High schools forge ahead with unique graduations

by Carolyn Hidy
Lake County Leader | May 22, 2020 8:28 AM

The Class of 2020 is finishing a senior year like no other class has known. In the middle of their final semester, a time when the challenges of scholarship applications, AP tests, proms, and sports were some of the top priorities, schools throughout the state and nation were suddenly closed in March, in the face of a growing viral pandemic.

Teachers, administrators, students and parents managed to make the best of the new realities, staying “in the game,” some might say. Teachers worked magic to change lesson plans over to remote learning, including online studies and learning packets that could be picked up at school or even delivered, along with school lunches, by school bus. Parents metamorphosed into homeschool teachers, or at least facilitators and cheerleaders to help their kids become self-teachers.

But it was the students who had to make it all work if they were going to successfully complete their schooling for the year, suddenly walking away from the school life they have always known and “learning to learn” in so many knew ways. For the seniors, one giant question hung over the entire semester: Would they get to graduate?

The answer is a resounding yes. As with the rest of this trying time, each school has found a unique way to honor the students and their families for their hard work and success, with ceremonies worthy of their accomplishments.

The ceremonies may look a little different than traditionally, as “social distancing” recommendations have been designed into the proceedings, and attendees will be limited to keep the entire gathering sizes small.

But there will be pomp and circumstance, and students will know they are the most important thing that day.

Arlee: Sunday, May 24, 3 p.m. Ceremony will be held on the Arlee football field. Each graduate will be given six wrist bands that each student’s family can use to sit in the parent section of seating behind the graduates. Only six chairs will be given to each family in this area. No extra chairs will be allowed. Bleachers will be roped off on both sides for only parents and grandparents that do not have a wrist band. Other family members or friends that attend will need to spread out around the football and either stand or bring their own lawn chairs.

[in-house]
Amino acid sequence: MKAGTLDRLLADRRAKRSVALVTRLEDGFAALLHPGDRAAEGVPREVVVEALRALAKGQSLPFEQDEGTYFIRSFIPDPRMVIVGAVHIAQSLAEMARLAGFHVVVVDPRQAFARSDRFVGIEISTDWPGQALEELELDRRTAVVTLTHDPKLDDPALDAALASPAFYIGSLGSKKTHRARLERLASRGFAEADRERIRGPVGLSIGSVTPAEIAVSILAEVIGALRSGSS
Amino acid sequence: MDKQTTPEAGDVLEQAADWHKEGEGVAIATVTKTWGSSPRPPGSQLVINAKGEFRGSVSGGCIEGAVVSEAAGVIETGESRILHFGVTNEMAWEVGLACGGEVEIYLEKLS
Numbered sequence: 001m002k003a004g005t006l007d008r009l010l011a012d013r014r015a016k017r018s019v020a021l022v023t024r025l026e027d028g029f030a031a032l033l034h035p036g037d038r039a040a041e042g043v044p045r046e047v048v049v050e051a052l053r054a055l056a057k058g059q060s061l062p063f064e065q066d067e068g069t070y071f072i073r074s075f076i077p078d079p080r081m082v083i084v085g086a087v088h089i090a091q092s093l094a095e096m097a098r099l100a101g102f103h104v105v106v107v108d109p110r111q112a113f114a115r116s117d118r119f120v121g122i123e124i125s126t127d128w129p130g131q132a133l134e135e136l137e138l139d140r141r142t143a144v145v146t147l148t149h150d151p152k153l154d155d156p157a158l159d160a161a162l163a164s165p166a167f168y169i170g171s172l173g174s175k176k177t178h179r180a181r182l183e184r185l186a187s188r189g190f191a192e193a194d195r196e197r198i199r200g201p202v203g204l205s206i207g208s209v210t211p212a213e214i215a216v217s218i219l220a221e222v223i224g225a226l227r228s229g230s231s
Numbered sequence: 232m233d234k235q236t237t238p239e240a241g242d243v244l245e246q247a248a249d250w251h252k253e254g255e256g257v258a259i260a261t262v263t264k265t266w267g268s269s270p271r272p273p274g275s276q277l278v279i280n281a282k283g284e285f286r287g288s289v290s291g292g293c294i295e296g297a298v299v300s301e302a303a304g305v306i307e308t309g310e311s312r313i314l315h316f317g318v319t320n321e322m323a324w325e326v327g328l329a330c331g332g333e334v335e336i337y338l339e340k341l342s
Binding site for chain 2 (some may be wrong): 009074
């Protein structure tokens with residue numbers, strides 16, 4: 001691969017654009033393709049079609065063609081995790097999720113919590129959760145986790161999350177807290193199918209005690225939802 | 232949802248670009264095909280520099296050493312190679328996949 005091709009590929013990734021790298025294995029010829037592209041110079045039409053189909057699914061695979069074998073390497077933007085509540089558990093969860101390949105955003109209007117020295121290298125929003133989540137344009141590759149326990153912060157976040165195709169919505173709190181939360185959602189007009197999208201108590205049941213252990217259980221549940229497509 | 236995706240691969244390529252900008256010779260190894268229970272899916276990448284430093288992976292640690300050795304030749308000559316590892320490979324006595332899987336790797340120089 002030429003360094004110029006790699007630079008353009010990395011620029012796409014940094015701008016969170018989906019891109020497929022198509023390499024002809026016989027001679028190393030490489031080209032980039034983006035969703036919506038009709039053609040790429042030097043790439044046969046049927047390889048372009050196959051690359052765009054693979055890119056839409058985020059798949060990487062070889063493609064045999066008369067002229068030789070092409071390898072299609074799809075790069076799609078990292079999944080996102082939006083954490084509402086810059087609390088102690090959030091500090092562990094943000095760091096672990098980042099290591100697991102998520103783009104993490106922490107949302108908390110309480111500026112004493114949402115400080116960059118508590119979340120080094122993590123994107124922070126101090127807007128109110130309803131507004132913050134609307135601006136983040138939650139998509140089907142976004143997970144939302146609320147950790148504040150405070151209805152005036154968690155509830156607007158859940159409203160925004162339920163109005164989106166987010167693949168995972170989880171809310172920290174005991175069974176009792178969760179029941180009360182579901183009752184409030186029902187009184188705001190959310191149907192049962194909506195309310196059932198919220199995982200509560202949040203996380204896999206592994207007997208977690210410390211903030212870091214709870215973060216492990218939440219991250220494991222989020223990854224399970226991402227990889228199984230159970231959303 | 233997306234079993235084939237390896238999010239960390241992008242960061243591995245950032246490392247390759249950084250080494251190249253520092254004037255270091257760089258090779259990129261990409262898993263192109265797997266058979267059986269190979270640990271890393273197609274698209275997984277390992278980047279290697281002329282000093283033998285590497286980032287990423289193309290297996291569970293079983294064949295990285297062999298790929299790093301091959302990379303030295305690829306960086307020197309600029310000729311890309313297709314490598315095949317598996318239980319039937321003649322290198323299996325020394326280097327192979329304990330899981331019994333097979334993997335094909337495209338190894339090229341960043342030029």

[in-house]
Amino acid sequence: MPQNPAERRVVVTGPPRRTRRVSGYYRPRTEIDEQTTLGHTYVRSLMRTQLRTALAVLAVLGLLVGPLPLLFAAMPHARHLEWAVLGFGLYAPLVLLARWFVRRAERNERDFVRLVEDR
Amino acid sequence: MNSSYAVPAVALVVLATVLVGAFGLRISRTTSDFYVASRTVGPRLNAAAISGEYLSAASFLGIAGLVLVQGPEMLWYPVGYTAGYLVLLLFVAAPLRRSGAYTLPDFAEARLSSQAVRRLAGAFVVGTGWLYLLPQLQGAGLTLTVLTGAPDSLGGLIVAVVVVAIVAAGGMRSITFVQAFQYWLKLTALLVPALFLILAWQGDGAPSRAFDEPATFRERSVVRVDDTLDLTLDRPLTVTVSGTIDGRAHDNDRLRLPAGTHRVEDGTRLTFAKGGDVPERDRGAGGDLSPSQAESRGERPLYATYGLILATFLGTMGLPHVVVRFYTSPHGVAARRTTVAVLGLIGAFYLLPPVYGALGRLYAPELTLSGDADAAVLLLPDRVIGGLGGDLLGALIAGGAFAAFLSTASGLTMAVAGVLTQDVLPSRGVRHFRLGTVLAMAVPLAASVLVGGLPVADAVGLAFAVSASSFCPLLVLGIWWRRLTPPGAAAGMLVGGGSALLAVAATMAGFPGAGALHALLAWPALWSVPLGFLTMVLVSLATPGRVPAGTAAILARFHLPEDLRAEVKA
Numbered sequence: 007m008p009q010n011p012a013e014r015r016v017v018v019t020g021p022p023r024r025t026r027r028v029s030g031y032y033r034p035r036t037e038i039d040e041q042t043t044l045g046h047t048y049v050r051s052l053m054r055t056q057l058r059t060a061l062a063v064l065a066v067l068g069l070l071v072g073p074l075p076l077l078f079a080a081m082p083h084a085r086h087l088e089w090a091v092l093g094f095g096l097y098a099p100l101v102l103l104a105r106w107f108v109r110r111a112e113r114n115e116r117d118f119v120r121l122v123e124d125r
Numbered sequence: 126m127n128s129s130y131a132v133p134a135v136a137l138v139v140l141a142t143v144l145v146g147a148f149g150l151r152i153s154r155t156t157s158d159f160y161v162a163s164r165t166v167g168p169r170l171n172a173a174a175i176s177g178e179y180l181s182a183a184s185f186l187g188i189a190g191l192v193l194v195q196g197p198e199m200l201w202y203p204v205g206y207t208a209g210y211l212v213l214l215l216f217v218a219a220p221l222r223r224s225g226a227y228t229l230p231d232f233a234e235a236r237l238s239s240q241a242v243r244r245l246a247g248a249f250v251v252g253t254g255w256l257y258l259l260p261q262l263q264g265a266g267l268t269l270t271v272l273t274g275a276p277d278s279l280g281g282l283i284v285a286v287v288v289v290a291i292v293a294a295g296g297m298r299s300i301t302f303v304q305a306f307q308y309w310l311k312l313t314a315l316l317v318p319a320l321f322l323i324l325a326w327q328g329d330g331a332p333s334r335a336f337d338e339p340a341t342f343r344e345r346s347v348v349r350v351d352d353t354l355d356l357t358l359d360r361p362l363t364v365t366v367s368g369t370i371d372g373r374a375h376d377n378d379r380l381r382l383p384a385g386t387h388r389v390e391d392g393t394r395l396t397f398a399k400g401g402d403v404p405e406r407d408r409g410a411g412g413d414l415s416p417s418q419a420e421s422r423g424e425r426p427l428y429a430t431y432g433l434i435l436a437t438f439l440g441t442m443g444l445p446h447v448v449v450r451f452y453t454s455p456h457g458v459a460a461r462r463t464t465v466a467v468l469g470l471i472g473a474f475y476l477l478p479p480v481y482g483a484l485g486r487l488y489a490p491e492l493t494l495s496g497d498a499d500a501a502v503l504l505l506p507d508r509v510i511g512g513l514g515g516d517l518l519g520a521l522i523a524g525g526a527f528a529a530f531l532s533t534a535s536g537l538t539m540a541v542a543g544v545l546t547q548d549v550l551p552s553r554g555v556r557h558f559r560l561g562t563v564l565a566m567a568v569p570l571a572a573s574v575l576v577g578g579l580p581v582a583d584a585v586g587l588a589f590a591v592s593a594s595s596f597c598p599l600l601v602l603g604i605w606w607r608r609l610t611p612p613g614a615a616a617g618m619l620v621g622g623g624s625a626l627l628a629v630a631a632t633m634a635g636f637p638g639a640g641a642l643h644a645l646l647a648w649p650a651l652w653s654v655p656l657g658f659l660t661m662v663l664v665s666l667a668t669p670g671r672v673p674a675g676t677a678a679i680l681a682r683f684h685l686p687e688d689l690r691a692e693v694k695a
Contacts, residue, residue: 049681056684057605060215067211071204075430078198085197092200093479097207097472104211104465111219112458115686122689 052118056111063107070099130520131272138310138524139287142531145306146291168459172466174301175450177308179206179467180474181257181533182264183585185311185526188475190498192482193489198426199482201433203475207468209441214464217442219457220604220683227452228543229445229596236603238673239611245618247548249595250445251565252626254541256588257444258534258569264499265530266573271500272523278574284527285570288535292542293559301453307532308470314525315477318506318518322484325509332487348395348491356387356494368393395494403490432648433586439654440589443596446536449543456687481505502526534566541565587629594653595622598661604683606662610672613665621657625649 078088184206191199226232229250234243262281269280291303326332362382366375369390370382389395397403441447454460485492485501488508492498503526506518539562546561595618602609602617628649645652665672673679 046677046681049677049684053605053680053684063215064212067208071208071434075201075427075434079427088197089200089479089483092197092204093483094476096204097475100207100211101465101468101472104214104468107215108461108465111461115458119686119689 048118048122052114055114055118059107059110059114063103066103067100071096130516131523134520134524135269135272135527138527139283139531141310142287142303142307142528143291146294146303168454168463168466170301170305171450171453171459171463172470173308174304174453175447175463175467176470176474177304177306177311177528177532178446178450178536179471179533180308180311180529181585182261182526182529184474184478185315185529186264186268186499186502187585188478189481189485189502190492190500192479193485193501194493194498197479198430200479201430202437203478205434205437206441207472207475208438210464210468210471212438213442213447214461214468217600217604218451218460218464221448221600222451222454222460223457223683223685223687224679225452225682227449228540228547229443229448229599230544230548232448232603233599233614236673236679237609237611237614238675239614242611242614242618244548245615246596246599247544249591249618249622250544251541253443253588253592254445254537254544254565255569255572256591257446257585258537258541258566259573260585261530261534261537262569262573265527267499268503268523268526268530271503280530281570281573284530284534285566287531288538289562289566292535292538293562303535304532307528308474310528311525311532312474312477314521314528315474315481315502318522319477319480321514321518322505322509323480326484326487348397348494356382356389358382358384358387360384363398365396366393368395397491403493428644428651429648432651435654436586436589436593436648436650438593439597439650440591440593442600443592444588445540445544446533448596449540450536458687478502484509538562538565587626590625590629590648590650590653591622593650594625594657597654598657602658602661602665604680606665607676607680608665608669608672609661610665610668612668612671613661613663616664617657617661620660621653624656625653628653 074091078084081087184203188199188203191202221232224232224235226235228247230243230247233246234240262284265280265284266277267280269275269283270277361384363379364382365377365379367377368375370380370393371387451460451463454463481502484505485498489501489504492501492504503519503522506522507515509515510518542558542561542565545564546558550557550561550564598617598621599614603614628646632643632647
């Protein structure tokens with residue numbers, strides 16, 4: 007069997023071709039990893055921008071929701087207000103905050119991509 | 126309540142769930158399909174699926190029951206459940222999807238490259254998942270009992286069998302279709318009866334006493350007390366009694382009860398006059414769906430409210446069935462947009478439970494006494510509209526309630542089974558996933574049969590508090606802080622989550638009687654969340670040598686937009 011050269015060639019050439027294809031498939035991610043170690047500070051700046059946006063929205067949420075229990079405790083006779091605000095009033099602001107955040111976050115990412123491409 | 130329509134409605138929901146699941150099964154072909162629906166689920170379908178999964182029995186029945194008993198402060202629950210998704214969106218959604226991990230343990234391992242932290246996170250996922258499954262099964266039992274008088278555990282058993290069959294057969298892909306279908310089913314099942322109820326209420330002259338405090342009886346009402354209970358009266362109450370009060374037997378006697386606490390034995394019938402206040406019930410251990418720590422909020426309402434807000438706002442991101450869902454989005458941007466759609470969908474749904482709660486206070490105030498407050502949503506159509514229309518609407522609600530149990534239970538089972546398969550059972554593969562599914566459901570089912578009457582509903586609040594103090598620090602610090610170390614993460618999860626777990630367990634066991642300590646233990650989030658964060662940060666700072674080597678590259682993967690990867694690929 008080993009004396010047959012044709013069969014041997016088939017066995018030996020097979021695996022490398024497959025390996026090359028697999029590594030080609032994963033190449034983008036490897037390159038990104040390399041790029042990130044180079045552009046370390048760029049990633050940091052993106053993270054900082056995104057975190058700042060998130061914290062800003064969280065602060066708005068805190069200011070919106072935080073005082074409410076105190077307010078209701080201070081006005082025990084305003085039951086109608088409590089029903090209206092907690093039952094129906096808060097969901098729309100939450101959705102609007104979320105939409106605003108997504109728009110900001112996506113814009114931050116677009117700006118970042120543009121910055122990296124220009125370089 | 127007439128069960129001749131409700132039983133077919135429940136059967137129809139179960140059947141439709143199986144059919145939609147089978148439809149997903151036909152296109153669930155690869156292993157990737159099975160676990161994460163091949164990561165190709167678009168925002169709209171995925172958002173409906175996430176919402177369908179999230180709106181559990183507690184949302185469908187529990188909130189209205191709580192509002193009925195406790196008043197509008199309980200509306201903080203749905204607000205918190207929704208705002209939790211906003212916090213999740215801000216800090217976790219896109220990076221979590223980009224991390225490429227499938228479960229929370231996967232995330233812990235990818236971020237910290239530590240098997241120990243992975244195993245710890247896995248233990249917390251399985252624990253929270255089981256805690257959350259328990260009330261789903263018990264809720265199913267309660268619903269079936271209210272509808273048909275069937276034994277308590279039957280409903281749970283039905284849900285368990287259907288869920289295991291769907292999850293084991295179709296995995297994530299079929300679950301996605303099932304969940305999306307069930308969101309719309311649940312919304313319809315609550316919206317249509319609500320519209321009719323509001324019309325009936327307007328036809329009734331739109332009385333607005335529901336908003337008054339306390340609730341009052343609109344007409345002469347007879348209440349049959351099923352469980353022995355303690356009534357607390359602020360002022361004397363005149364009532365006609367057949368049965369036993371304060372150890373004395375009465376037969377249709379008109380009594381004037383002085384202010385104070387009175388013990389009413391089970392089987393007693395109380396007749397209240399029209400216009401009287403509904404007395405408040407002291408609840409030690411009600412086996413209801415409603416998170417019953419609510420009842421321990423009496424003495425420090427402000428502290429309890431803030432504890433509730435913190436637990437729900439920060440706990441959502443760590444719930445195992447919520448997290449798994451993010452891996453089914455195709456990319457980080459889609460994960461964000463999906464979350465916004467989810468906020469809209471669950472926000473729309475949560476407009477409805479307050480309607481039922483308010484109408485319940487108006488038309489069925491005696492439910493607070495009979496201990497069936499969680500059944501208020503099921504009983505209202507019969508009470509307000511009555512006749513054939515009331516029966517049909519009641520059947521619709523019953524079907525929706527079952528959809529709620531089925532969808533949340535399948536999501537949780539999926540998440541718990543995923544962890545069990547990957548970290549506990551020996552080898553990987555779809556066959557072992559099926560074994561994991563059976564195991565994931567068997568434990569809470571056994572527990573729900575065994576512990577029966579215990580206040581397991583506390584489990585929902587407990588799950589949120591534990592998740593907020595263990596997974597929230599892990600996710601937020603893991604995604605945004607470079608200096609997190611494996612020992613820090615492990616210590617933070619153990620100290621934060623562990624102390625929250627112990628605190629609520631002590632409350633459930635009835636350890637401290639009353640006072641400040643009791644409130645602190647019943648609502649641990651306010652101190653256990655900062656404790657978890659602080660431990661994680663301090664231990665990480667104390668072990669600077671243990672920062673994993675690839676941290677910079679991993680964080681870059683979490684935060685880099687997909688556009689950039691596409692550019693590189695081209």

Charlo: Sunday, May 24, 3 p.m. Graduation will not be open to the public. It will be live streamed via Charlo High School’s FB page. There will be open WiFi in town available to stream the live feed and a community parade through town right after graduation (4 p.m.). Graduates then line up back at the school by student parking for a receiving line, with social distancing.

St. Ignatius: Saturday, June 6, 2 p.m. Student/Parents/Guardians that the student will be riding with for the parade will park on the track in one car by 1:45 p.m. All other guests or family members will need to park in the parking lot and walk onto the football field or stand around the outside fence. All family and guests who choose to attend will sit in a line behind their student marked with a Blue or Green Flag line; five chairs provided, all others should bring chairs. Recommended that all attendees wear facial masks and gloves. Community parade follows ceremony.

Ronan: Sunday, May 31, 2 p.m. on the football field. Students are given four guest tickets each. The ceremony is not open to the public, but it will be live streamed on the district Facebook Page for the community to enjoy.

Polson: Sunday, June 7. 1 p.m. The school is discussing options with their graduating seniors, considering a drive-in style ceremony in the high school parking lot or a ceremony on the football field. There will be limited spectator attendance, but they are developing a plan to stream the event live over FM radio and/or on their website.